Josef Breuer was an important physician and physiologist who played a decisive role in the birth of psychoanalysis. He met and became friends with Sigmund Freud, who considered him a kind of father figure towards whom he felt great affection and respect. The admiration and friendship were mutual.
Breuer wrote with Freud part of the first edition of Studies on Hysteria , considered the founding text of psychoanalysis. He was also the first to assist the famous Anna O, the first patient treated with the psychoanalytic method after he referred her to Freud’s treatment.
It was this extraordinary Austrian doctor who discovered the relationship between breathing and body temperature, as well as that between hearing and balance. He is also considered the creator of the cathartic method, precursor of the free association method used in psychoanalysis. But let’s go step by step, and retrace the stages of his life in such a way as to better understand the scope of his discoveries.
Josef Breuer’s early life
Josef Breuer was born in Vienna (Austria) on January 15, 1842. His father was an important figure in Judaism, a religion that Breuer never actively professed, but nevertheless never abandoned.
His mother died when Josef Breuer was just 4 years old. He was then entrusted to the care of his father and maternal grandmother. In 1859, at the age of 19, he began his medical studies at the University of Vienna. There, he was a pupil of great scientists of the time, such as Karl Rokitansky and Josef Skoda.
He studied under the guidance of Johann Ritter von Oppolzer, a famous medical internist from Vienna. He took him with him as an assistant at the Vienna General Hospital. Later, he was admitted to the physiology laboratory of Ewald Hering, who was developing his studies on perception at the time.
In the laboratory, he discovered the function of the pneumogastric nerve (or vagus nerve) in the thermal regulation of the body, through breathing. This discovery gave Breuer great recognition in the medical field. Later, he continued his research coming to establish the relationship between hearing and balance.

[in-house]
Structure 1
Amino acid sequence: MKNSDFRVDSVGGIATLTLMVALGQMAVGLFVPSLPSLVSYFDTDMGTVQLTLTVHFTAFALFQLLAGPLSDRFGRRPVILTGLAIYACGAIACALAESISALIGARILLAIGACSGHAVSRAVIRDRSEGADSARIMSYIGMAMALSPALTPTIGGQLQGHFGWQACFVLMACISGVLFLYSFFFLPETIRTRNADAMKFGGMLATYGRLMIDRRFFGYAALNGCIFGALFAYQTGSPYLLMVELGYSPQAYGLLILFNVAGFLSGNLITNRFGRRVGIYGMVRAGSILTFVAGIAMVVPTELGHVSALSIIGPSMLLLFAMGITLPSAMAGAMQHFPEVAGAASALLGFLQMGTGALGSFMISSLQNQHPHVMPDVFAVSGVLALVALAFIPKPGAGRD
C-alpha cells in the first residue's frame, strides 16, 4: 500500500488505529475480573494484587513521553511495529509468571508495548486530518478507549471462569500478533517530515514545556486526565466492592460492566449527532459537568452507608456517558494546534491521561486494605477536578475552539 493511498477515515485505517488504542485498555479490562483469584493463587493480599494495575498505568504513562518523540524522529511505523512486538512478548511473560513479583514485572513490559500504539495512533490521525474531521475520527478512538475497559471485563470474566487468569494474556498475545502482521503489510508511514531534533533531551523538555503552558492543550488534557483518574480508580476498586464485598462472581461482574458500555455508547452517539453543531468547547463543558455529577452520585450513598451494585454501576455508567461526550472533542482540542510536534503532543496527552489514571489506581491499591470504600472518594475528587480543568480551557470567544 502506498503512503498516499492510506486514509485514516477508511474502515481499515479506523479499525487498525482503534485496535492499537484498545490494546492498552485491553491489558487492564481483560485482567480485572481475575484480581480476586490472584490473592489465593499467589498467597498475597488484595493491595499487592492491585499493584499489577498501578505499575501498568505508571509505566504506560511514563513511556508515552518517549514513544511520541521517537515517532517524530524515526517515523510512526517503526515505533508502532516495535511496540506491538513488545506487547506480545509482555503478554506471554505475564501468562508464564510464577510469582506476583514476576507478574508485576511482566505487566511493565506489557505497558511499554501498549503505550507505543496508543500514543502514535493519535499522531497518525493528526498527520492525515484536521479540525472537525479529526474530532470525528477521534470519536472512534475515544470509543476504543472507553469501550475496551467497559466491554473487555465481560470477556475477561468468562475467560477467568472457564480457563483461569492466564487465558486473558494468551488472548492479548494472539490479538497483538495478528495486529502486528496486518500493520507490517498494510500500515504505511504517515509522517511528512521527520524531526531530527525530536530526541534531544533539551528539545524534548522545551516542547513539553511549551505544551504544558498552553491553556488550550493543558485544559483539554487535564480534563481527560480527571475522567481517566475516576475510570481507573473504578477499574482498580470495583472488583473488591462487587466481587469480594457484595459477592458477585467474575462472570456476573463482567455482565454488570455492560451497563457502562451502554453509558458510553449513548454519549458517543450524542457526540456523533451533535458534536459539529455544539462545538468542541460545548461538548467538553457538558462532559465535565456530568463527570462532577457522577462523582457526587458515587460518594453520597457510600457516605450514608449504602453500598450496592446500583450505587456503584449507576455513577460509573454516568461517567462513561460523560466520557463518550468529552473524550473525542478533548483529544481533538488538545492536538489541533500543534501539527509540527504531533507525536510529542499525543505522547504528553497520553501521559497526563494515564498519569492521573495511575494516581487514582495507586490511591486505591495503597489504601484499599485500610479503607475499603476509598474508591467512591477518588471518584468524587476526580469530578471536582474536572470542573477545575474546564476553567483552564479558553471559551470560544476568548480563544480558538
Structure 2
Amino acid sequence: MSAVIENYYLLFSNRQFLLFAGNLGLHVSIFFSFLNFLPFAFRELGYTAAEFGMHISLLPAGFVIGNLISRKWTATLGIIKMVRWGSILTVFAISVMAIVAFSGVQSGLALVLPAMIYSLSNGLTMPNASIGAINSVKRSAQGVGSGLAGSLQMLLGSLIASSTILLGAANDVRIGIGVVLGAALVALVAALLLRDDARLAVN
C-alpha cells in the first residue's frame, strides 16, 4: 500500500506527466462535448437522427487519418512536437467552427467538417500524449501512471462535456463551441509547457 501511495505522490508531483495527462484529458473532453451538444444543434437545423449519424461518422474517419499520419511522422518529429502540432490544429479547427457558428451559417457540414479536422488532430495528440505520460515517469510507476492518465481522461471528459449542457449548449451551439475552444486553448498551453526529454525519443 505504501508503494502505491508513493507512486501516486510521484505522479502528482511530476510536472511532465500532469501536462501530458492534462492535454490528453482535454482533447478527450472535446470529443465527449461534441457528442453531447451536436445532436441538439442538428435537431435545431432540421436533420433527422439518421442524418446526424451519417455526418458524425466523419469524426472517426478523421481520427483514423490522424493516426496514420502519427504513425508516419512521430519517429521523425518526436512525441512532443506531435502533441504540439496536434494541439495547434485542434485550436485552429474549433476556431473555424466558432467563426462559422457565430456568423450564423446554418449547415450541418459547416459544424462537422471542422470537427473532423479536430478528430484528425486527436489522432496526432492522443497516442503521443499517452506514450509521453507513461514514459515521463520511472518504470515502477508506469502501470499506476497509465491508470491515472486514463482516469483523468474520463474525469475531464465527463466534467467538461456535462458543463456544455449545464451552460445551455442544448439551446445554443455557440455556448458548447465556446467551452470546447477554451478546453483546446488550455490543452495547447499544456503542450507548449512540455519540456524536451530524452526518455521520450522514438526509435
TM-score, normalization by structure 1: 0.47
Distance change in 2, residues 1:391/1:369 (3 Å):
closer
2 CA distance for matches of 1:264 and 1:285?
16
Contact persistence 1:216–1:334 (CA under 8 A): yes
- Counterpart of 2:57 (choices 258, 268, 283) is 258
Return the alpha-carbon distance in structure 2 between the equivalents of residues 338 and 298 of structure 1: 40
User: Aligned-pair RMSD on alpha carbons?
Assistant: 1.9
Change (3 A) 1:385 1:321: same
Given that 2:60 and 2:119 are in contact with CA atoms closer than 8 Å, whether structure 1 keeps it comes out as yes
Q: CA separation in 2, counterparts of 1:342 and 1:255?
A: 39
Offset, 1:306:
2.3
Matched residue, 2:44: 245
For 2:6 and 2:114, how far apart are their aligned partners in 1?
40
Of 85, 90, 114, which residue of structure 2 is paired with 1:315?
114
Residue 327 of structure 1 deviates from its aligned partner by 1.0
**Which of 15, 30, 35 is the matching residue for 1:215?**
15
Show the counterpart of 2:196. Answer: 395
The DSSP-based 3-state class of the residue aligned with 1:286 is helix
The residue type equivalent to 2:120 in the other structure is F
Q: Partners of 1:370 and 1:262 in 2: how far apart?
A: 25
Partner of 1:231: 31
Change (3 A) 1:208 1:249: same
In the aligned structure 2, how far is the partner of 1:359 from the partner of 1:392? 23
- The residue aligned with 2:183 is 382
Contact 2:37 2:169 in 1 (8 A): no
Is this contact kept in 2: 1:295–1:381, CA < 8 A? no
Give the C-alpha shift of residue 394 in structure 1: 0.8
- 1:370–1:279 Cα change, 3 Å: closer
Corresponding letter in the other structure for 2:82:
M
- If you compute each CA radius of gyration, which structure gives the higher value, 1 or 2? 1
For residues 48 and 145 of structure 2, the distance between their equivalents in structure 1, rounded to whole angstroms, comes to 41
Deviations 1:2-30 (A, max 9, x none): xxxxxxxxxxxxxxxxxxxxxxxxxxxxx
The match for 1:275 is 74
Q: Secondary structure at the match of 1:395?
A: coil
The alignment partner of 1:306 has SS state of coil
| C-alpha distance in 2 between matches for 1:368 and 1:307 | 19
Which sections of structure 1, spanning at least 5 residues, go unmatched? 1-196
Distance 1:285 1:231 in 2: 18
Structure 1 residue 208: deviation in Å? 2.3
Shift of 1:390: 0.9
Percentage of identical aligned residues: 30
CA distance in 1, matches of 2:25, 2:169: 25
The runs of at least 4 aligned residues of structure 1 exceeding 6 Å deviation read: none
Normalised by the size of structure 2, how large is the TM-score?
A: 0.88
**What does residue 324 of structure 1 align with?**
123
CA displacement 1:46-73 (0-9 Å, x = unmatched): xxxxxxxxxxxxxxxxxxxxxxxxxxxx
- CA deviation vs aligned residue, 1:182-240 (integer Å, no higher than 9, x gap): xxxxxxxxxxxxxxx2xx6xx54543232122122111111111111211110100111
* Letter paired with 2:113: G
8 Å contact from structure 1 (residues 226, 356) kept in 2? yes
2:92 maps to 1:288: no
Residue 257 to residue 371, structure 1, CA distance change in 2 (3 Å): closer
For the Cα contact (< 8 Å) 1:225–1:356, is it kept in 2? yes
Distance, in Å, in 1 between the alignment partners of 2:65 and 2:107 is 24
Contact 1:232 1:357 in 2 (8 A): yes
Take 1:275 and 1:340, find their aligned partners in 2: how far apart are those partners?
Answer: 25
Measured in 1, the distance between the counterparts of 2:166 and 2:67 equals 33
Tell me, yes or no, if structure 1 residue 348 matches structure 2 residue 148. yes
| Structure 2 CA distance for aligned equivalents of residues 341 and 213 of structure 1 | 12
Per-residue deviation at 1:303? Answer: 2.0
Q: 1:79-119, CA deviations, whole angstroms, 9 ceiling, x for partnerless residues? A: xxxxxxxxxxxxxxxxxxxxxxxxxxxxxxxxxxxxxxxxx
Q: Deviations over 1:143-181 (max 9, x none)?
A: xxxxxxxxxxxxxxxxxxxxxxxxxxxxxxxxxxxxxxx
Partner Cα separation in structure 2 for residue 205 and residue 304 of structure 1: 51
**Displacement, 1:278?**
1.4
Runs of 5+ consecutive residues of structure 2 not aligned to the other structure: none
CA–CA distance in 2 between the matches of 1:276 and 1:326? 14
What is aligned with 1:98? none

The meeting between Josef Breuer and Sigmund Freud
In 1871, Josef Breuer decided to devote himself to private medical practice. He had illustrious patients such as Franz Bentano and Johannes Brahms. He alternated medical practice with research and teaching at the Institute of Physiology of the University of Vienna, where in 1877 he formed a great friendship with one of his students, Sigmund Freud.
Around the end of the 1870s, Josef Breuer began to be attracted to psychology. In fact, he showed great interest in hypnosis, a technique very popular at the time. His patients were mostly wealthy women with hysterical symptoms. From here, his interest in psychic phenomena probably arose.
Freud shared the same interests and, perhaps thanks to these, they became great friends. Breuer lent him a substantial sum of money so that the father of psychoanalysis could start his private business. In addition, she guided him in starting a medical career. Without realizing it, each in his own way became specialists in mental disorders.
Anna O and hysteria
Josef Breuer began to take care of the patient who went down in history with the name of Anna O. He subjected her to hypnosis sessions, obtaining excellent results. However, she began to show special affection for him, which ended up annoying the doctor. The professional relationship reached an irreconcilable breaking point when Anna O deliriously declared that she was expecting Dr. Breuer’s son.
It was then that Breuer assigned the case to Freud and this would have represented a decisive moment in the theoretical and practical development of psychoanalysis. However, it also represented the breaking point in the relationship between the two Austrian doctors. Eventually, Freud came up with his definitive theory of hysteria, which Breuer did not agree with.
In the meantime, he asked Freud for the money he owed him. The latter was very sorry and this, in addition to the theoretical differences he already had with his mentor, caused a further cooling of their friendship. However, it should be noted that Breuer never ceased to follow the developments of his brilliant student.
Upon Breuer’s death in 1925, Freud sent a message of condolence to his son. And he replied by citing his father’s interest in the progress of psychoanalysis. Freud, in turn, replied: “What you wrote about your father’s relationship with my work is unexpected to me, and it acted like a balm on a painful and never closed wound.”
Thus, with a little bitterness in the mouth, one of the most fruitful friendships of the time ended. The admiration never faded; but the differences, over time, became so strong as to make them move away.
Currently, both scholars are the object of study and recognition, although Freud’s name recurs more even in the most popular fields. We must not forget, however, that Josef Breuer was an absolutely decisive figure for the birth of psychoanalysis.